Selecting and Getting Into Distributors


In most cases, choosing which distributor to work with usually happens as a result of getting acce?pted to a store. Once the store buyer accepts products, they inform the sellers which distributor they use, or give them a list of approved distributors that they work with.


Presenting to Distributors

It is possible to directly present to a distributor for inclusion in their catalog. Successfully presenting products directly to distributors without presence in national food chains is very challenging, as distributors do not want to assume the inventory risk for unproven products.


Once your product(s) is in stores, a best practice is to approach the distributors with a “me too” strategy. For example, “We are working with <large buyer name> and it would be beneficial for you to carry our products.”

Note: sometimes, this results in working with two different distributors who supply the same store; who the buyer orders from depends on how good the distributor relationship is with the store. You always want to work with a distributor who has the best reputation.


How Brokers Can Help

Brokers are independent people whose connections and industry knowledge help bring deals together between buyers, sellers and distributors.


Although distributors carry your product(s), introductions to buyers/customers are not necessarily guaranteed. Brokers (and broker-like services, such as Buyer’s Best Friend) fill this void and have a reputation for presenting winning products. They function as an introduction for smaller brands to distributors with whom they already have long-standing relationships. Their expertise and opinion factor heavily in distributors’ ordering decisions.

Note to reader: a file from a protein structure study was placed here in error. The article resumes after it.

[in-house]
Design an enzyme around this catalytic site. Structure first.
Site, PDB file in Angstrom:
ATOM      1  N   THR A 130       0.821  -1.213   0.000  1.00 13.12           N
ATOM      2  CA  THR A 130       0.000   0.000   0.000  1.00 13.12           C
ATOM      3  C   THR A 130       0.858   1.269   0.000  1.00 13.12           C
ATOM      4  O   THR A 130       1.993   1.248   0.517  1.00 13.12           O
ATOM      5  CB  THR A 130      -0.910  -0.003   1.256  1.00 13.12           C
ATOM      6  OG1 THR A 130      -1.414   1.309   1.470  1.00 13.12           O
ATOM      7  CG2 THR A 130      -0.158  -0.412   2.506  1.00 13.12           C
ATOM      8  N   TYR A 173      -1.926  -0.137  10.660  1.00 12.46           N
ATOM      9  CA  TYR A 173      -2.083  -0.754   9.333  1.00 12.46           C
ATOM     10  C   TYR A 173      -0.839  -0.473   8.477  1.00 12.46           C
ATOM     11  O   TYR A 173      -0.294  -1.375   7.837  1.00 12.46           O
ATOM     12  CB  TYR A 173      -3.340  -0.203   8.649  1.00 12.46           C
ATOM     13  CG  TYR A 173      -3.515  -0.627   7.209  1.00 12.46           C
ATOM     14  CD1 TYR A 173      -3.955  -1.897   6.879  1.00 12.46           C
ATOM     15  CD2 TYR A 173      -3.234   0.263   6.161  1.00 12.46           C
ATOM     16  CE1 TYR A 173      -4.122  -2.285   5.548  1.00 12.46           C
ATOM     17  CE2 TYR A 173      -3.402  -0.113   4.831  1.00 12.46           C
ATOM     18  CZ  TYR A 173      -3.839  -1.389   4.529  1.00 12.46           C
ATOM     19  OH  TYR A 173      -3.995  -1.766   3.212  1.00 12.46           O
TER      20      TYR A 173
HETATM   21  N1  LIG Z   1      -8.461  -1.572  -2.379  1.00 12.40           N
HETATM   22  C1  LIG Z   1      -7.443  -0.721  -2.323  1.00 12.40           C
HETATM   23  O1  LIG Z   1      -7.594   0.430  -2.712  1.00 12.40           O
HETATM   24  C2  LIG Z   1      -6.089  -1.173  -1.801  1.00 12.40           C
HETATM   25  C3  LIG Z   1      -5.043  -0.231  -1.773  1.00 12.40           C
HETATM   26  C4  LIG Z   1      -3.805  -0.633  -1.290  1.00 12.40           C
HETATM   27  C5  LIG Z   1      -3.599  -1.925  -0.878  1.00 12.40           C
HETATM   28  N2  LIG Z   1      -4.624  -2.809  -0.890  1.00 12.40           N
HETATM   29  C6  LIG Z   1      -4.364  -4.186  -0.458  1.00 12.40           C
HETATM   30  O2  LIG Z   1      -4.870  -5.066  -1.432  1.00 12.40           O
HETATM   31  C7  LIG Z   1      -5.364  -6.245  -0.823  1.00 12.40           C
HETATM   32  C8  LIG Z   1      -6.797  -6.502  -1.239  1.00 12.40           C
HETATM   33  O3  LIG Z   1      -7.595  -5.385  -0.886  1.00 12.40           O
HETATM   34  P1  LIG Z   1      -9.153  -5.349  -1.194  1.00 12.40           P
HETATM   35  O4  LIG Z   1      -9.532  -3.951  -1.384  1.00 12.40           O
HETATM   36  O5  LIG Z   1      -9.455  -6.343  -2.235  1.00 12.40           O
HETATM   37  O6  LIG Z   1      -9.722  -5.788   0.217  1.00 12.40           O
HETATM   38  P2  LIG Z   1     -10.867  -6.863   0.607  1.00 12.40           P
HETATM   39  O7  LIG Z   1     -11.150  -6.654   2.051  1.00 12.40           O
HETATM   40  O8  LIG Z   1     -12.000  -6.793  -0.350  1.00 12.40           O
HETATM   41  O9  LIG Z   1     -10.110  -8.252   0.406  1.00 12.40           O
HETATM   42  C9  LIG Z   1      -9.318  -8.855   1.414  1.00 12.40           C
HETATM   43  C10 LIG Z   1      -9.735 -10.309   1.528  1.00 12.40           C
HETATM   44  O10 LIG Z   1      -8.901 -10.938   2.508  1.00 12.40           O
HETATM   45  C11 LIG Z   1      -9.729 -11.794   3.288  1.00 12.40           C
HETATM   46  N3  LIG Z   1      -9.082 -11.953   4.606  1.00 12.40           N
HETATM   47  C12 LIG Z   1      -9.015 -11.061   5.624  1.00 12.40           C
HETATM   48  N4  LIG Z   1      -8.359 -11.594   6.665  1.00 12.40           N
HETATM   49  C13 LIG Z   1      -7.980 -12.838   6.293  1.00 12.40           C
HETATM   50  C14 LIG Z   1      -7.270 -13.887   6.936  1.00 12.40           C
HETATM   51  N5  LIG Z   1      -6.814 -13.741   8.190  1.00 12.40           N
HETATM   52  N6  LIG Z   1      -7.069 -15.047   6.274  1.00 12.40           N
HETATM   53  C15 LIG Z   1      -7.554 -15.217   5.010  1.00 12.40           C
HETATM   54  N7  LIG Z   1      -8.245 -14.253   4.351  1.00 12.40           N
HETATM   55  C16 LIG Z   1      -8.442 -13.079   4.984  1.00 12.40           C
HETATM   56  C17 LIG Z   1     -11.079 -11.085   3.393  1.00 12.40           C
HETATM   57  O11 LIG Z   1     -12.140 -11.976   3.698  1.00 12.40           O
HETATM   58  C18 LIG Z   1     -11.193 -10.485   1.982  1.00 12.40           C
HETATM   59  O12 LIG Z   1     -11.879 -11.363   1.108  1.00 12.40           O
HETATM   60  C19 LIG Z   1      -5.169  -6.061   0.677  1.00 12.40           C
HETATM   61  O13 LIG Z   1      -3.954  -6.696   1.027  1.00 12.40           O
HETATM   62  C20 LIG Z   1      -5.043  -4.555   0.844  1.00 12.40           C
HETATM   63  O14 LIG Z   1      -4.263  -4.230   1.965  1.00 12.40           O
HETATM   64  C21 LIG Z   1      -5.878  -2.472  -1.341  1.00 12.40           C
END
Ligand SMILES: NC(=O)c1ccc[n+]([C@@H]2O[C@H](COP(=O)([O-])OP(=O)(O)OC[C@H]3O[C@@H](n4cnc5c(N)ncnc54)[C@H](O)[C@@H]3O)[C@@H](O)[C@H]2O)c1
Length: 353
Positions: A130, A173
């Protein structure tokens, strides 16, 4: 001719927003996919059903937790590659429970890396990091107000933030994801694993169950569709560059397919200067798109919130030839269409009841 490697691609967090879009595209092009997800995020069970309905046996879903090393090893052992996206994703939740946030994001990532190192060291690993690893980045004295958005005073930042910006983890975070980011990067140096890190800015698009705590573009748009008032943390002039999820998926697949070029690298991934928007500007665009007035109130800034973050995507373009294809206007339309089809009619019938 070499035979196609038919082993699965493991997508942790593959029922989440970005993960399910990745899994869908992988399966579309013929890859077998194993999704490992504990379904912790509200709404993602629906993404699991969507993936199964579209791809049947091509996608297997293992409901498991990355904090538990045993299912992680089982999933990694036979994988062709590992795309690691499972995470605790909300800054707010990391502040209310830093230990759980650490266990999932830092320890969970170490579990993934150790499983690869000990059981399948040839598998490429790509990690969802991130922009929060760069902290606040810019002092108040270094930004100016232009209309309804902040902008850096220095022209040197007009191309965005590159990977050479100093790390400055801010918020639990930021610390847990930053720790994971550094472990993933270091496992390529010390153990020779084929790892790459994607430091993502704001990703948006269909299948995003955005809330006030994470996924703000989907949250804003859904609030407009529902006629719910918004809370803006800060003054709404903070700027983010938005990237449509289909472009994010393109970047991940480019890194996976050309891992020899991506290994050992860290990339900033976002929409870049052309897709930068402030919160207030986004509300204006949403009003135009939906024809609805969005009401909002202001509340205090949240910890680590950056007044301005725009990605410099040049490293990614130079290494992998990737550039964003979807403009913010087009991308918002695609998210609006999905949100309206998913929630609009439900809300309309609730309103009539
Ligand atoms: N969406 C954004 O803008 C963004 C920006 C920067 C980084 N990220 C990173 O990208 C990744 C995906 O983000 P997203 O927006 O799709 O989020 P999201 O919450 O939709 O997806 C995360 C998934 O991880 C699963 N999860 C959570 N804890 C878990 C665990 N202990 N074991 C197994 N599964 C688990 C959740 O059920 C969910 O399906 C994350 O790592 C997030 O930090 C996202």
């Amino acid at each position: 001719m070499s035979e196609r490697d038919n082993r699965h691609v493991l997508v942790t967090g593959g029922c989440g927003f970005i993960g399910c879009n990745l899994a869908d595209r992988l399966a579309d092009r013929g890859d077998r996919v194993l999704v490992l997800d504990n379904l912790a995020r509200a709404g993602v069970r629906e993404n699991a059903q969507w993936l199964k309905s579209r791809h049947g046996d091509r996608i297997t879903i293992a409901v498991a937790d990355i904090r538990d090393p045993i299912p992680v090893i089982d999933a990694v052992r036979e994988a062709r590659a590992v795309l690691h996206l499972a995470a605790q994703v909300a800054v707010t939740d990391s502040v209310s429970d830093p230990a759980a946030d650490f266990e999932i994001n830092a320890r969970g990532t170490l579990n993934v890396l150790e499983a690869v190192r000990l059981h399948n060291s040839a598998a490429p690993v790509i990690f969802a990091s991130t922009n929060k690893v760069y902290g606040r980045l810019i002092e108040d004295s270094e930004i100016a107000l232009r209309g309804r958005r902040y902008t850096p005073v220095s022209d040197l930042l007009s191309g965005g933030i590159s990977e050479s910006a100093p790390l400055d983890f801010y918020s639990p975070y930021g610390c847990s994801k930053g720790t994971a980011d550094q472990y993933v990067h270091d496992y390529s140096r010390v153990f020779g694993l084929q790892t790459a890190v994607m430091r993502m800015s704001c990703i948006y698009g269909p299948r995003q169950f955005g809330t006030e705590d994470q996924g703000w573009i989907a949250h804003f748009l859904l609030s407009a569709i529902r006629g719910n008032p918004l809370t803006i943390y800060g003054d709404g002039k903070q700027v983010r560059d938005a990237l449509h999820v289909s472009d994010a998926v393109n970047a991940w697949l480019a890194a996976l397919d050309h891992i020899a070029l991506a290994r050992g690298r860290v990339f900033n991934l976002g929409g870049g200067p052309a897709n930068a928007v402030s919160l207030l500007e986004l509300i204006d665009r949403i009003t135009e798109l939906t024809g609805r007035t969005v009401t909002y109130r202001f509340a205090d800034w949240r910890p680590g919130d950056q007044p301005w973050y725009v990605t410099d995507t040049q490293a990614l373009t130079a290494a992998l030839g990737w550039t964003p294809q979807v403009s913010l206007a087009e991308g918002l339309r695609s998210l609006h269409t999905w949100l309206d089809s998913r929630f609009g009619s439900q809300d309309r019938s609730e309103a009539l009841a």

Outgrowing Distributors

Small distributors are successful in bringing fledgling brands into small stores and independent retailers. As they grow, it is not uncommon for brands to graduate and transition from regional distributors and go to larger, national distributors to better serve their needs.  For example, a larger distributor may have a wider delivery area.


Differences between large and small distributors

Be aware of the differences between working with big and small distributors. For example, regional distributors may only ask you to do promotions four times per year whereas large distributors may ask for more and also run up a lot of chargebacks. The big distributors often require running ads in their catalog and buy tables at their internal trade shows.


The trick to working with large distributors is to make up for it in volume. As order sizes increase and distributors make more money, you have more power to renegotiate your contract.


Next Article: Working with Distributors